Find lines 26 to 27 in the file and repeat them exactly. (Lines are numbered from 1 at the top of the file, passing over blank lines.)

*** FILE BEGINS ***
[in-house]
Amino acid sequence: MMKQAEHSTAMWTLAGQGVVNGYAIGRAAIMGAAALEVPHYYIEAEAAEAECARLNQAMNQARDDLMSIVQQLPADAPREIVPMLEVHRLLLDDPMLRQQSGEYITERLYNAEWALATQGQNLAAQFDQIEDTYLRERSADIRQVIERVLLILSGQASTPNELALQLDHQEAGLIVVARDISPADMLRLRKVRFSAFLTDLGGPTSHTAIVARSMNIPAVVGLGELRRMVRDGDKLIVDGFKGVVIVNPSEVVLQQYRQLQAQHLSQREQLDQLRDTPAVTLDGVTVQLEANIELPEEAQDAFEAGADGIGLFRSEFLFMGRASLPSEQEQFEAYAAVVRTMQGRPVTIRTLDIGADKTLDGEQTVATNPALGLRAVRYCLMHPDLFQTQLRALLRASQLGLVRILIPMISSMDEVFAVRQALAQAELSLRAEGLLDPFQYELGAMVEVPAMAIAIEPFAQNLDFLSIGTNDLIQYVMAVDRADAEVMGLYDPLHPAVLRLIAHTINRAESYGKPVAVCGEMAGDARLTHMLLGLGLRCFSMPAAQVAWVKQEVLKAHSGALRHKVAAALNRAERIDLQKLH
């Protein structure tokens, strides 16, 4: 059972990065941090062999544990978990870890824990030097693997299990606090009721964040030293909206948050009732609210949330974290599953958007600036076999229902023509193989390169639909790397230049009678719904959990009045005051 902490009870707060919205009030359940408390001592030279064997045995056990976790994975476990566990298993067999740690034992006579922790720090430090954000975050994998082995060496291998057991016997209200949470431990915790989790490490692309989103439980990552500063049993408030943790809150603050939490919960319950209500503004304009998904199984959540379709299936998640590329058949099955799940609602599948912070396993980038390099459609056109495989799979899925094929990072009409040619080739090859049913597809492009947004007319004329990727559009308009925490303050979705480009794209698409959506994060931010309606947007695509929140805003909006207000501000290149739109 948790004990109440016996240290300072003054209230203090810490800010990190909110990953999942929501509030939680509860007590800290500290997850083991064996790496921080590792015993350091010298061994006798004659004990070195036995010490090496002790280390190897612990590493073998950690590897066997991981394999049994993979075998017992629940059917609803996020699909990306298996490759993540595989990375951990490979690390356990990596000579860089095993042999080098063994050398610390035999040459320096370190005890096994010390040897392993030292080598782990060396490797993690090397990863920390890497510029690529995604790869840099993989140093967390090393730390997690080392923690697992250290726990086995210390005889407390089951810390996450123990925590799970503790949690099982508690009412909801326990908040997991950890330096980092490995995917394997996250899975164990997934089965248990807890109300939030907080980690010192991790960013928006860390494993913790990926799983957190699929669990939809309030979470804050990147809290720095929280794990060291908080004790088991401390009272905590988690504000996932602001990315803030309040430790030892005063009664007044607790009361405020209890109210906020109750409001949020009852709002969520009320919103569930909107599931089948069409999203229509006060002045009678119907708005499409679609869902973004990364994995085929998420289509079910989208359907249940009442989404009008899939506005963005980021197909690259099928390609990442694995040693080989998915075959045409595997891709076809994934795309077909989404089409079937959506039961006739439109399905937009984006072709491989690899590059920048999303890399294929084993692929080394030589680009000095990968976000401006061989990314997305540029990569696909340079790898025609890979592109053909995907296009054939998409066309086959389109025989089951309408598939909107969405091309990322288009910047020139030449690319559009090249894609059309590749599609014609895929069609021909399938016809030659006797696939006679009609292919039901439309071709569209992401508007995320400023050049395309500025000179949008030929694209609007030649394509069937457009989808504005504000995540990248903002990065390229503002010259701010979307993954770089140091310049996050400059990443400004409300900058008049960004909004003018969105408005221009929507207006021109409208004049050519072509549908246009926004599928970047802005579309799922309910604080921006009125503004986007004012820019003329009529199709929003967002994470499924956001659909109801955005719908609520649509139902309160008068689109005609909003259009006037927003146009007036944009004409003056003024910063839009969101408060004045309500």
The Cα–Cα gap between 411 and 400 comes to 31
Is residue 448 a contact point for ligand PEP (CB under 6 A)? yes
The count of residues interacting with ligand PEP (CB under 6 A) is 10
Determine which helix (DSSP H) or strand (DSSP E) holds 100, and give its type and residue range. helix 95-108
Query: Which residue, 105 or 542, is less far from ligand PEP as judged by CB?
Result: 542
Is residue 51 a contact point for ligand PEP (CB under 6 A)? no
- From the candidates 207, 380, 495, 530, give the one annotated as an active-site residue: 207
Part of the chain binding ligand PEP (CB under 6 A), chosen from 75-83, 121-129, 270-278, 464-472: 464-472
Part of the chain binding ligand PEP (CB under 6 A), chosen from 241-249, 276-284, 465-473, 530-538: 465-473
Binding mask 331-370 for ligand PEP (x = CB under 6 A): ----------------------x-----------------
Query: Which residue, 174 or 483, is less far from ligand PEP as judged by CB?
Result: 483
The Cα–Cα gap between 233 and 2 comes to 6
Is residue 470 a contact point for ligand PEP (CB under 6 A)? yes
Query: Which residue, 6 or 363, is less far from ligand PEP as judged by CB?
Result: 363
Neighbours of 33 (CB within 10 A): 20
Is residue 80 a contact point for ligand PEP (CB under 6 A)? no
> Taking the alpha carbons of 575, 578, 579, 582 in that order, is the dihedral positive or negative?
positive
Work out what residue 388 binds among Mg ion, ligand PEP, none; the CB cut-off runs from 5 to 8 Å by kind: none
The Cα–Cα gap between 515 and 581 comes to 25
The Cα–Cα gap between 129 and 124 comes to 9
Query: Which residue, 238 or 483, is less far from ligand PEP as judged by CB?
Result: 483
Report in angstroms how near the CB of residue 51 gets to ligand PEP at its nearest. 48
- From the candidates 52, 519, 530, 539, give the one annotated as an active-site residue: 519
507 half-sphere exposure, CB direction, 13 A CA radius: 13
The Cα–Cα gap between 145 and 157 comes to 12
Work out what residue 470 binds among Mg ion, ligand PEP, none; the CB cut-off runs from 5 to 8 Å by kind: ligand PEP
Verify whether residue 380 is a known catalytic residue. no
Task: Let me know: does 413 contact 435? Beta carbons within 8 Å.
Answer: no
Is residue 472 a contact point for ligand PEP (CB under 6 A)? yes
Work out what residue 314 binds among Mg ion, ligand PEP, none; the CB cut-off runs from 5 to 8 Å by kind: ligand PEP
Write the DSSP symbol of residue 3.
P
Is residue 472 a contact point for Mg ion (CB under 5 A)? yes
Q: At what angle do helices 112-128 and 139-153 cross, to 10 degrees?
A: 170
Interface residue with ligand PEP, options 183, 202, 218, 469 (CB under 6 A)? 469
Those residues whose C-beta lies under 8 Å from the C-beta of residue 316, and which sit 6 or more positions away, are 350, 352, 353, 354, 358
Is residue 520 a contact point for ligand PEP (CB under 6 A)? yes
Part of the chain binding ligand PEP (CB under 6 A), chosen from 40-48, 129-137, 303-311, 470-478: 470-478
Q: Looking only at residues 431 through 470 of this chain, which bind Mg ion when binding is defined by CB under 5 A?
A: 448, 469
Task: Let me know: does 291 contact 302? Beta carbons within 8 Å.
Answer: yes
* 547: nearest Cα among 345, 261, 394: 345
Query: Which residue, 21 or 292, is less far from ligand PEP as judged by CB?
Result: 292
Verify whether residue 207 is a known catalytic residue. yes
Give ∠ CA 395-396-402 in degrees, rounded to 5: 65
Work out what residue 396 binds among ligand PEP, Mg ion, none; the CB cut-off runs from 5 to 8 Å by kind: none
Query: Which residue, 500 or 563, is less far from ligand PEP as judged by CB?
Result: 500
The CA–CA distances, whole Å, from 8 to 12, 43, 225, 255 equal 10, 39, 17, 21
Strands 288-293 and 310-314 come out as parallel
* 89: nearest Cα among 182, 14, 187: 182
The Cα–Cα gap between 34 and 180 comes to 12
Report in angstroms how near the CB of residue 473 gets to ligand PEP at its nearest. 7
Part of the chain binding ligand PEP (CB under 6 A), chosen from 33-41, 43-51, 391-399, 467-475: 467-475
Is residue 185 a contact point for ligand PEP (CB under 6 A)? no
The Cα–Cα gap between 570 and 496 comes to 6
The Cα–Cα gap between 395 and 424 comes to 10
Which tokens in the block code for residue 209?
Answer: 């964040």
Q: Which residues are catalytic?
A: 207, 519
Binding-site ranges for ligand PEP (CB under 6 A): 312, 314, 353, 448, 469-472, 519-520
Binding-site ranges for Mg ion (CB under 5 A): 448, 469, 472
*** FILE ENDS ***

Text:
The Cα–Cα gap between 515 and 581 comes to 25
The Cα–Cα gap between 129 and 124 comes to 9